Support roles are usually defined by the particular market a team operates within. For example, teams that work in luxury markets would most likely emphasize marketing functions or concierge-type services.
On the other hand, teams that specialize in selling a higher volume of homes priced closer to the median sales price for an area would need more help with transaction coordination and day-to-day errands.
Here is a list with some brief descriptions of the most common roles real estate team members perform:
- Agents — these are the sales people who should be responsible for working with home buyers and home sellers. Sales agents are the direct income producers on a real estate team. Because of this, they generally account for the largest portion of the team. Agent roles can include: listing agents, inside sales agents for handling incoming leads, and buyers agents (learn how to be one in our guide Buyers Agent’s Checklist).
- Managing Broker — every real estate organization needs to have a Managing Broker. In many cases this role is handled by the team owner. In the event the team is under the umbrella of a larger brokerage, that company will have a Managing Broker. In either case, the managing broker will have a big impact on the way your team operates. This is an important role and one that can make or break a team.
- Marketing Specialist — this role is very important for a real estate team. Many teams start with one marketing director and then hire additional marketing specialists to handle specific niches. These people need to be experts at their jobs because it is one of the most public-facing aspects of the team and is responsible for creating a brand image for the entire team.
- Administrative Manager — administrative support is essential to a team’s success. It’s easy to get bogged down in personnel and day-to-day administrative issues. Administrative work is a productivity killer for salespeople, and they are not generally very good at it.
- Transaction Coordinator — a transaction coordinator takes care of the day-to-day details of each transaction the team has going. They make sure all of the deadlines are met, the earnest money is where it should be and the deal is moving towards closing. This person keeps the agent in the loop as to what’s happening on the deal and if they need to get involved in particular details.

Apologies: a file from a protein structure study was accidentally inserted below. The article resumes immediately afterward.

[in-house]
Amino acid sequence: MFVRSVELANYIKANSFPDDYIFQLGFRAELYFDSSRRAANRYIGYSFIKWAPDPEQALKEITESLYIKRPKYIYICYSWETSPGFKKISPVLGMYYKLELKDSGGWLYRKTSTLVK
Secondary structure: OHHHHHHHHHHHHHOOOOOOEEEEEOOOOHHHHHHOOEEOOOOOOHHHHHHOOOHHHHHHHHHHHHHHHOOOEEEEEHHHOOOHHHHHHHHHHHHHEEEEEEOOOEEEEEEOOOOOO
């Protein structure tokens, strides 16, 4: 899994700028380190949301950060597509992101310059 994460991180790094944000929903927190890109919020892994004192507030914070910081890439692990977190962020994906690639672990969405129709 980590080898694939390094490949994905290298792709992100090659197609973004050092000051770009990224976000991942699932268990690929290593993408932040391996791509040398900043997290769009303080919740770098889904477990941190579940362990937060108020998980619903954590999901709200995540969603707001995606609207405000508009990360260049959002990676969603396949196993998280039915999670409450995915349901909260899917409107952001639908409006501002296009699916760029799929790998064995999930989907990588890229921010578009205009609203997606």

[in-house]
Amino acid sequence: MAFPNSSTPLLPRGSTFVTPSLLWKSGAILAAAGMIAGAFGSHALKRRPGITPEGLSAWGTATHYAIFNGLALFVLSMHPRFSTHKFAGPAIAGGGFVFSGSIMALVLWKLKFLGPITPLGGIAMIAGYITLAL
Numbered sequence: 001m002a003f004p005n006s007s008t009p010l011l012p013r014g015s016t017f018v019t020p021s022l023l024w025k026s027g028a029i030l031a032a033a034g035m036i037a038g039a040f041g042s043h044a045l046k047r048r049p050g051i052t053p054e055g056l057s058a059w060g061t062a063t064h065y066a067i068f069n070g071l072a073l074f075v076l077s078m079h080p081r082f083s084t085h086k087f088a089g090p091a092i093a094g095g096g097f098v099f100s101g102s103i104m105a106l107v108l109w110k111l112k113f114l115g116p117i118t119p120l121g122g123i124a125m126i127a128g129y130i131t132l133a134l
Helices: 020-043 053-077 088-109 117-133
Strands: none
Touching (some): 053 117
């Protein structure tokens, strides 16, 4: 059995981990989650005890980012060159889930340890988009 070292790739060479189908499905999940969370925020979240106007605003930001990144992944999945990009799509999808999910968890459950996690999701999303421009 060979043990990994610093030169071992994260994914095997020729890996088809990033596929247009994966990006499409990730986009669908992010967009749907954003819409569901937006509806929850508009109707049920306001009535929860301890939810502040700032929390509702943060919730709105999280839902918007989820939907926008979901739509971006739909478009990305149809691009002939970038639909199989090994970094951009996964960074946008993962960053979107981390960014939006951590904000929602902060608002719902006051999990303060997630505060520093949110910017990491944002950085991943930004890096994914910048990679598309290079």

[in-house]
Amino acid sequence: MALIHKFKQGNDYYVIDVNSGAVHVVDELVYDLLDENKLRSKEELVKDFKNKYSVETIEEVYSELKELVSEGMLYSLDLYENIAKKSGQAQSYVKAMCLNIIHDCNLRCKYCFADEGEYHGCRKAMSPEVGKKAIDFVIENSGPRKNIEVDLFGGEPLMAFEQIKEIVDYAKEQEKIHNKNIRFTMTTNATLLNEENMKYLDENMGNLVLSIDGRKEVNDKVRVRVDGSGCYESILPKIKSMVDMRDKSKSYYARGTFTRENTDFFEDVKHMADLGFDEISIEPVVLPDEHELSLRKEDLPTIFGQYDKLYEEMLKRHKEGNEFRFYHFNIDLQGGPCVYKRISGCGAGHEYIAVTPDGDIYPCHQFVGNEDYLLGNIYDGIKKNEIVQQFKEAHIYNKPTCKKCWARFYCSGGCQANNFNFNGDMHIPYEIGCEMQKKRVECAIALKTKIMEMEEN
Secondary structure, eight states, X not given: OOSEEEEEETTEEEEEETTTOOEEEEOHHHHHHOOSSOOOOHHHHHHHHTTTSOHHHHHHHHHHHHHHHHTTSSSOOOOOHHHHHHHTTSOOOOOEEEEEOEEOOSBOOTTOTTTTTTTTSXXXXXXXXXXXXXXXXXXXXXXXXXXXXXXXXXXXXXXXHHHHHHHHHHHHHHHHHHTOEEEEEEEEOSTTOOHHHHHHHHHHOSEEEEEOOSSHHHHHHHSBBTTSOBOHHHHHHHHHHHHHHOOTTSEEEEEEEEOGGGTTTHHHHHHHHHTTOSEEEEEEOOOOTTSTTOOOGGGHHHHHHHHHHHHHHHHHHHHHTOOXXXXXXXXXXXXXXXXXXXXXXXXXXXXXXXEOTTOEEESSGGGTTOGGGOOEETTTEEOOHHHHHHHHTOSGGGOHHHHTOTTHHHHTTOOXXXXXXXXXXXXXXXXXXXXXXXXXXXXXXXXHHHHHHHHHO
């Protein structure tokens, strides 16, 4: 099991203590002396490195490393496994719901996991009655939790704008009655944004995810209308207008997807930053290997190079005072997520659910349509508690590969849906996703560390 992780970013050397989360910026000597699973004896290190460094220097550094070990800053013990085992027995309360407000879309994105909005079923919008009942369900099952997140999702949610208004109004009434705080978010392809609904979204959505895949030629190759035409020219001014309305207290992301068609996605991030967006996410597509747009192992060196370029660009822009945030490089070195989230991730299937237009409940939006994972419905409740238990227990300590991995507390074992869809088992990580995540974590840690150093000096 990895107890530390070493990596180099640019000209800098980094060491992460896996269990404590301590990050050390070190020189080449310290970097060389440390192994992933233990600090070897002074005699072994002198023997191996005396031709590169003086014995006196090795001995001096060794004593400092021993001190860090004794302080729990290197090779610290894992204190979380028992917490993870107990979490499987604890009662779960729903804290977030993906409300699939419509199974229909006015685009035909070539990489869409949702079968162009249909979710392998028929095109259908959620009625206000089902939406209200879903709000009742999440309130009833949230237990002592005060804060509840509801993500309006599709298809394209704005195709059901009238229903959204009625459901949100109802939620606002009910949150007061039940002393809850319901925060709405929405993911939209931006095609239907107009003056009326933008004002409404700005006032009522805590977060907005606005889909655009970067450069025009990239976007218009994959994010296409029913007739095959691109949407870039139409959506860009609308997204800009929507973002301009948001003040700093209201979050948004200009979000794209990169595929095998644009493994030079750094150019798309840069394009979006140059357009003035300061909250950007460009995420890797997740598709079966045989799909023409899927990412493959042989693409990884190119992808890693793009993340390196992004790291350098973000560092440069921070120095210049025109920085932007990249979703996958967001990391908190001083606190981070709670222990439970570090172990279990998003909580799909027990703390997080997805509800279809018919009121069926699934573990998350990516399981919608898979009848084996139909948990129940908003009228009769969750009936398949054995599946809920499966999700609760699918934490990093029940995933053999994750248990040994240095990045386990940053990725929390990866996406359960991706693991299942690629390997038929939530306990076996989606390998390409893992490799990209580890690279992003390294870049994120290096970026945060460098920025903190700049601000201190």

- Open House and Showing Staff — these responsibilities are generally taken care of by a licensed agent or realtor. The idea is to put agents in situations to meet and prospect new home buyers. Teams use very structured sales processes as well as scripts to turn cold buyers into new clients.
- Assistants — this position can cover everything from answering phones and greeting guests to transaction coordination.
- Team Leader/Manager — while we have described many of the organizational positions on a real estate team as being very important, none are more important than the team leader. This is the person who implements the vision and steers the ship.
- Runner — many teams will employ a runner to handle things like signs, earnest money, and errands. This is a huge time-saver for busy salespeople.
This list of job descriptions should help you start understanding the value of having a team as opposed to a sole proprietor being able to master all of these jobs alone. There are countless other job descriptions a successful real estate team could create. The structure of a team is always based on the particular market they are working in and the type of business they do.
Team Types by Compensation
Compensation models used by real estate teams can be very much like the structure or organization of teams themselves. While the best real estate teams are all about innovation, the traditional commission split is still the primary basis for agent compensation.